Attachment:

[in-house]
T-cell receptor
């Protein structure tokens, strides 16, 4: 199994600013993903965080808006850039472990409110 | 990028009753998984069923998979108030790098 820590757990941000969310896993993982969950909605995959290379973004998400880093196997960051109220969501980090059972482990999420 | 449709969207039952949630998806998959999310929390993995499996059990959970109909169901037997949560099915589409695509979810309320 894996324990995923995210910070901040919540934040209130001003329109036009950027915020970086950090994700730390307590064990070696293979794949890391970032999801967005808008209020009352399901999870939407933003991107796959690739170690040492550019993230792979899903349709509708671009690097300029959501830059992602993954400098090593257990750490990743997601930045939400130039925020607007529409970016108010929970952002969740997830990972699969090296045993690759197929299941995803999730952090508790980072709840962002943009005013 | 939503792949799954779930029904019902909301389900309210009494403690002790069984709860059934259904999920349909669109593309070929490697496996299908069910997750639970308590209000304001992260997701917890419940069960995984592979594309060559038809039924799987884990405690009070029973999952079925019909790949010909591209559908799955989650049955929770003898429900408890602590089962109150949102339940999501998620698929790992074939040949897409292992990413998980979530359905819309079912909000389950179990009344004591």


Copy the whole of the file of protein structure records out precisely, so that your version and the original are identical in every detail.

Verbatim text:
[in-house]
T-cell receptor
């Protein structure tokens, strides 16, 4: 199994600013993903965080808006850039472990409110 | 990028009753998984069923998979108030790098 820590757990941000969310896993993982969950909605995959290379973004998400880093196997960051109220969501980090059972482990999420 | 449709969207039952949630998806998959999310929390993995499996059990959970109909169901037997949560099915589409695509979810309320 894996324990995923995210910070901040919540934040209130001003329109036009950027915020970086950090994700730390307590064990070696293979794949890391970032999801967005808008209020009352399901999870939407933003991107796959690739170690040492550019993230792979899903349709509708671009690097300029959501830059992602993954400098090593257990750490990743997601930045939400130039925020607007529409970016108010929970952002969740997830990972699969090296045993690759197929299941995803999730952090508790980072709840962002943009005013 | 939503792949799954779930029904019902909301389900309210009494403690002790069984709860059934259904999920349909669109593309070929490697496996299908069910997750639970308590209000304001992260997701917890419940069960995984592979594309060559038809039924799987884990405690009070029973999952079925019909790949010909591209559908799955989650049955929770003898429900408890602590089962109150949102339940999501998620698929790992074939040949897409292992990413998980979530359905819309079912909000389950179990009344004591």